- The researchers' reliance on existing brain scans and symptom charts created by other people. "You don't know what questions were asked, who asked the questions, how they were asked," he said. "There are a lot of things you can't control for."
- The inclusion of young patients in the pool of subjects, who ranged in age from 10 to 38. "White matter is not fully developed in people until they are adults," he said. "You have 10-year-olds in this study. It is highly, highly unusual to mix young kids with adults, because the brain is so different."
- The use of sleep disturbance as a comparable symptom between concussion and Alzheimer's. "What's a common co-injury in concussion? Whiplash. You have neck pain, back pain," he said. "If you go to sleep, you don't think that pain wakes you up?"
"The issue is, does a single concussion in an individual mean they are at risk for developing Alzheimer's?" Podell said. "There are so many other factors involved, including genetic factors, management of a concussion and the general health and well-being of the individual throughout their life."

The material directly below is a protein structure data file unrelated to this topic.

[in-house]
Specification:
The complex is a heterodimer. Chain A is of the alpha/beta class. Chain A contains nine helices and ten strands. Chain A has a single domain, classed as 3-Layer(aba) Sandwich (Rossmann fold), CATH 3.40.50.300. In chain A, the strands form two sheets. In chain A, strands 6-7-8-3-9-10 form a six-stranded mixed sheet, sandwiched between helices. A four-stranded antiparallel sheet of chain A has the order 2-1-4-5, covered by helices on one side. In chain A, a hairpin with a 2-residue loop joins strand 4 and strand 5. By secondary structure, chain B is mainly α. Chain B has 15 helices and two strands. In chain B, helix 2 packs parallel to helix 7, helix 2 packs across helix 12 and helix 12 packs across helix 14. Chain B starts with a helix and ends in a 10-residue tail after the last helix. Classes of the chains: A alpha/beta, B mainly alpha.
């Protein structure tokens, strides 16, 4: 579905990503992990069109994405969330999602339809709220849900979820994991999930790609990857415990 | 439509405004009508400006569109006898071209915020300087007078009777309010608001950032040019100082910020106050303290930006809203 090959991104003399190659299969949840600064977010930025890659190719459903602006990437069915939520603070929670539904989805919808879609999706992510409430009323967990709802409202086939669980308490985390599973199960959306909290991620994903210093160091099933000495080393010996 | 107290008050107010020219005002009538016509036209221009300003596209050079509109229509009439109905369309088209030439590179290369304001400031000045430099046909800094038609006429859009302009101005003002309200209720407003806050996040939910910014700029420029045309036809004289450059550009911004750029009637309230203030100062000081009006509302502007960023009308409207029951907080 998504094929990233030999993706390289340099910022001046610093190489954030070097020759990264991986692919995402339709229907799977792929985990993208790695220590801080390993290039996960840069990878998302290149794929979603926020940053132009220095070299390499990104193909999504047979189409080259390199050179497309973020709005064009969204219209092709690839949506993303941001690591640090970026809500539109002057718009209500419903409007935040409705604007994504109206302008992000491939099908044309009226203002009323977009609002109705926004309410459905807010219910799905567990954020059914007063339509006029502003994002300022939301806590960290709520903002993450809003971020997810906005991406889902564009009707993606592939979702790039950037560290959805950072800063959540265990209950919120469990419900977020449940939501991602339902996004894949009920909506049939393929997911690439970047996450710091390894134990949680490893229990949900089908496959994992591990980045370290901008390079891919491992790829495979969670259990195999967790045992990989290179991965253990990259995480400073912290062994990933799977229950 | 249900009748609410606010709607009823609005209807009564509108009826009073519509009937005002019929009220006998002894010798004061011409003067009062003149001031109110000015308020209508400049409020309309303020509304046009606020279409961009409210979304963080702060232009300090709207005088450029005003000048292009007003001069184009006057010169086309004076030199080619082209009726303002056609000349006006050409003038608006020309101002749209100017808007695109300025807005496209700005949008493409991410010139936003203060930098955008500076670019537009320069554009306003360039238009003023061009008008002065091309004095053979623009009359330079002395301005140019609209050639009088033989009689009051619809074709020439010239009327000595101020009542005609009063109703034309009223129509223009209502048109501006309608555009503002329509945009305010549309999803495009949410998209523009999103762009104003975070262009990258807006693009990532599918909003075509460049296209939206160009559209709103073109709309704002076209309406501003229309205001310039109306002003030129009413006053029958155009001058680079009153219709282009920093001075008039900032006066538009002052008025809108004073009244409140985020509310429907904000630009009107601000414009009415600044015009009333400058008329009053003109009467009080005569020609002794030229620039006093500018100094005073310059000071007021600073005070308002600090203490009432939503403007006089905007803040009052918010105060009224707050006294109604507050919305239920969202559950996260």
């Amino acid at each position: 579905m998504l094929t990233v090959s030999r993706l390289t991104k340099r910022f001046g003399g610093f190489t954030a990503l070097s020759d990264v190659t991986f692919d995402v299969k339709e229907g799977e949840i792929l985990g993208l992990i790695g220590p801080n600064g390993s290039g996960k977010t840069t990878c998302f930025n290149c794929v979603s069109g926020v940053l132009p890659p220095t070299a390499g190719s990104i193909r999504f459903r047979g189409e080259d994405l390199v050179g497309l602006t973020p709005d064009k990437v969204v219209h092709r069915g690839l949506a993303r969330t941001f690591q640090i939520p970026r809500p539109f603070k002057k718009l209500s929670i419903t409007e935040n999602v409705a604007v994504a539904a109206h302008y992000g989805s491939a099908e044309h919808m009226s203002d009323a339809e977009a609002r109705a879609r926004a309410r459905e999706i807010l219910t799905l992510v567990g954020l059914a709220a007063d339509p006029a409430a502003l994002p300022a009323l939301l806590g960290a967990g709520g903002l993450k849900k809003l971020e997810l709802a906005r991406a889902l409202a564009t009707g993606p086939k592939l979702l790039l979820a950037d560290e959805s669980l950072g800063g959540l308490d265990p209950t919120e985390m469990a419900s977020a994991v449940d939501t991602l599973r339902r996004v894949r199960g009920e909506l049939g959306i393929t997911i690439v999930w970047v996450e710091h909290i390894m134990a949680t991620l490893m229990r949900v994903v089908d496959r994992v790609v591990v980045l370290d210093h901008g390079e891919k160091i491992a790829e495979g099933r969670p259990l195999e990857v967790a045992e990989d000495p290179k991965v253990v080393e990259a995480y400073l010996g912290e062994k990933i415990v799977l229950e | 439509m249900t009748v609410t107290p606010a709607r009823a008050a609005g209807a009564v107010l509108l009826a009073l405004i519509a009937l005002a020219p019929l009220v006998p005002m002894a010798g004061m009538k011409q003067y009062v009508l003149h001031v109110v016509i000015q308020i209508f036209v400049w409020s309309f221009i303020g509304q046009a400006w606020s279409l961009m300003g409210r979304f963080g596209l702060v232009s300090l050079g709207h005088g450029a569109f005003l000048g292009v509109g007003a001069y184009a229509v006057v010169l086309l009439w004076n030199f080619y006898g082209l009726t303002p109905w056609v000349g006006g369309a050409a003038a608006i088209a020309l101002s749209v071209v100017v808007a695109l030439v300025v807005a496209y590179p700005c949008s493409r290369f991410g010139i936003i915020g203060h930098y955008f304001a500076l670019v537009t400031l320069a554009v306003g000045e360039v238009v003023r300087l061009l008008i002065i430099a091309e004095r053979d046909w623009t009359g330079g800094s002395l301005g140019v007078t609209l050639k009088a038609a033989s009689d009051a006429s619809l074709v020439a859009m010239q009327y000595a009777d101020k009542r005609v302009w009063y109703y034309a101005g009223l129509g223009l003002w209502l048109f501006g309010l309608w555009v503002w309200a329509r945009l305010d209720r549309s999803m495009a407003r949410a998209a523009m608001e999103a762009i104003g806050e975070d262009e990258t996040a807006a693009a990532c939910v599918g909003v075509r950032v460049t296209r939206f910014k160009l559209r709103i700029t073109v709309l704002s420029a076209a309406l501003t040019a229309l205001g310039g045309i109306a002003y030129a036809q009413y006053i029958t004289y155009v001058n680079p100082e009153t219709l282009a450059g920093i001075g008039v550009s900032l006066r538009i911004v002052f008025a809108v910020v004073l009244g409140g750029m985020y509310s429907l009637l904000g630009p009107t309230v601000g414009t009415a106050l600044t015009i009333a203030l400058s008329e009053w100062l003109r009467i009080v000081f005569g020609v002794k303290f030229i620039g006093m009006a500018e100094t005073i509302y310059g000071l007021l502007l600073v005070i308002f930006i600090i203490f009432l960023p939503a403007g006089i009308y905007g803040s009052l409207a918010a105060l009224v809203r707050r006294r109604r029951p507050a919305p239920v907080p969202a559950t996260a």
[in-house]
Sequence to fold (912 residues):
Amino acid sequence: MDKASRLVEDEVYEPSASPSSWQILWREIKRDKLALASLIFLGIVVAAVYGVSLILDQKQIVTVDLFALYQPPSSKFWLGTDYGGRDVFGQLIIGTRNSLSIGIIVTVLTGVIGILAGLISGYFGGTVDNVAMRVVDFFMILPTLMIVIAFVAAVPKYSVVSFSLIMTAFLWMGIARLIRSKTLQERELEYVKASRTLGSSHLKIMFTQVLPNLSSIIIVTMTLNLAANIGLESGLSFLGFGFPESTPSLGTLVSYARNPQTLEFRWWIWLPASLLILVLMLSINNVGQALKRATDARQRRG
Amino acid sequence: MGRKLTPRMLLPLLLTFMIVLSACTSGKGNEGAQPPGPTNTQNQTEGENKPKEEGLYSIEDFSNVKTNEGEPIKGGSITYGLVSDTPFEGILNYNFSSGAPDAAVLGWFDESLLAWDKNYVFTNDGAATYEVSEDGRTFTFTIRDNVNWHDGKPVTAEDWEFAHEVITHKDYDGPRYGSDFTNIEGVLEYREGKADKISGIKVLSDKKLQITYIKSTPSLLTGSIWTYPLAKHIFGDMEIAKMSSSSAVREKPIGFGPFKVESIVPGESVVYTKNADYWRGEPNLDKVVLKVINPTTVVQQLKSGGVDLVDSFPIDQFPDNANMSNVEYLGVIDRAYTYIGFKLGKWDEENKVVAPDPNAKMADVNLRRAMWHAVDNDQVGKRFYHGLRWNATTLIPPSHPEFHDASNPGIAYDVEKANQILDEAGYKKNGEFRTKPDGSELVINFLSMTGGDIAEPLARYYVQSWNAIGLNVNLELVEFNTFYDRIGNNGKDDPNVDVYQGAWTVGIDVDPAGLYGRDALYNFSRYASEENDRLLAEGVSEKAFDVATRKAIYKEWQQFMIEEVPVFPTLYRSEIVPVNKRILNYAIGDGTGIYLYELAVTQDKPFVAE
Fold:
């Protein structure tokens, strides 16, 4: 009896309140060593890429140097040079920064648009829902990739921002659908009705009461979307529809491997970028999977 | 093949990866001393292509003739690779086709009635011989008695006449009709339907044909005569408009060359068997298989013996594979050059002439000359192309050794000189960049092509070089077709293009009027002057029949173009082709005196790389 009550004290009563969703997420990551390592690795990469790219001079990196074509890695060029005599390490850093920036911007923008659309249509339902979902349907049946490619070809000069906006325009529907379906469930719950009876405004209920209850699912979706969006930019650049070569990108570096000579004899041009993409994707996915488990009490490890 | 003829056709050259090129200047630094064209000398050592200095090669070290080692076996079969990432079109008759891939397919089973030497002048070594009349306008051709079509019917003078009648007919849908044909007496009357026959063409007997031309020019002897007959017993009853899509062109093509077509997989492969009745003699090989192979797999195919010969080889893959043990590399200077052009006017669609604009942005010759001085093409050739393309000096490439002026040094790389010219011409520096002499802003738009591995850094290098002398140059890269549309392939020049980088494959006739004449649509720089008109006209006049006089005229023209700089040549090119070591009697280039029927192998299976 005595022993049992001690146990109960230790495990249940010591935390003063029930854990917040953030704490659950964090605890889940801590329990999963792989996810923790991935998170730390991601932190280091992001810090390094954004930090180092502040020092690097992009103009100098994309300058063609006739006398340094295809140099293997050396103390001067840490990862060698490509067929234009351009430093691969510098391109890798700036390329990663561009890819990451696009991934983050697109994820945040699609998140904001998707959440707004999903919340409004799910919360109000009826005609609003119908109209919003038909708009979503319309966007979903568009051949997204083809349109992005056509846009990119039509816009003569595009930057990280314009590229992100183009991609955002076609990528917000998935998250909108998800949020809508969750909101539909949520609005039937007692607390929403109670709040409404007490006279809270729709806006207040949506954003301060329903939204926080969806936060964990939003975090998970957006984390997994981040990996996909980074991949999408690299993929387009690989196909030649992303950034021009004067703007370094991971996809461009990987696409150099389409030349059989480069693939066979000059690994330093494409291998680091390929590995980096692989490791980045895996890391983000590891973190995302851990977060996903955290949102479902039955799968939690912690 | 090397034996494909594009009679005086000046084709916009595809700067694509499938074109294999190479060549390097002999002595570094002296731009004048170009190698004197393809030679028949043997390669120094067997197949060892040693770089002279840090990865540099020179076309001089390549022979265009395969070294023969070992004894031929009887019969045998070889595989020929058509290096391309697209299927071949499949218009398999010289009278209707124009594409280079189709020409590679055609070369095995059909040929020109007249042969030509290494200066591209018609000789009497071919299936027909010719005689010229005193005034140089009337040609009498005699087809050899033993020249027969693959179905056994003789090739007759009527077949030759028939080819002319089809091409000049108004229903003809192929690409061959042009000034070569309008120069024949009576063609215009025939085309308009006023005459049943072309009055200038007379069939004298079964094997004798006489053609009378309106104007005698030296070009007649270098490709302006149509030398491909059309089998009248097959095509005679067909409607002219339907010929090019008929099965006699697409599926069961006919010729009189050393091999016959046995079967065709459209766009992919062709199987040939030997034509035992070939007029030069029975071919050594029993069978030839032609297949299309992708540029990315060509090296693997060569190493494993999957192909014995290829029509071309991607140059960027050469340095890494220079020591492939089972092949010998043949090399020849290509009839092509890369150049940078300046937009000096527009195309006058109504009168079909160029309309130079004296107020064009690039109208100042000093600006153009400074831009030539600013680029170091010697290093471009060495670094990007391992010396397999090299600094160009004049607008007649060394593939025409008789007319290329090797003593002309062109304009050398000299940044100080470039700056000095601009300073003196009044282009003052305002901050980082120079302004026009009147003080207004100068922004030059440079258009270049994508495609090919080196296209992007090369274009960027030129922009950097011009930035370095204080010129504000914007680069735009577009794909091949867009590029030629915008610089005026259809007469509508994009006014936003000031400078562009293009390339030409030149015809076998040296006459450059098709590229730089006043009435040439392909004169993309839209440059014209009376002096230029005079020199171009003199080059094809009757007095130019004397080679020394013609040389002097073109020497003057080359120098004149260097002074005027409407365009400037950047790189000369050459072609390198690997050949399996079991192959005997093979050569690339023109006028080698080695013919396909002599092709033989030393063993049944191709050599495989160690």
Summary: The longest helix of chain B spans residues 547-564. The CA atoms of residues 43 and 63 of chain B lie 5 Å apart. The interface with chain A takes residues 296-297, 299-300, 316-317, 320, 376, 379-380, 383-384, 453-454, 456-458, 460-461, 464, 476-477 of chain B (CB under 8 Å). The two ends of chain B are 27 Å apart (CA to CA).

The study authors agreed that their findings are tentative.
"This is not a definitive study. This is not the end at all. This is the first step," Alhilali said. "We hope this will lead to more research that will further explore this potential link."
The researchers do believe their findings could lead to better treatments in the future, however.
"The first step in developing a treatment for any disease is understanding what causes it," Fakhran said. "If we can prove a link, or even a common pathway, between mild traumatic brain injury and Alzheimer's, this could potentially lead to treatment strategies that would be potentially efficacious in treating both diseases."
For more on concussions, go to the U.S. National Library of Medicine.
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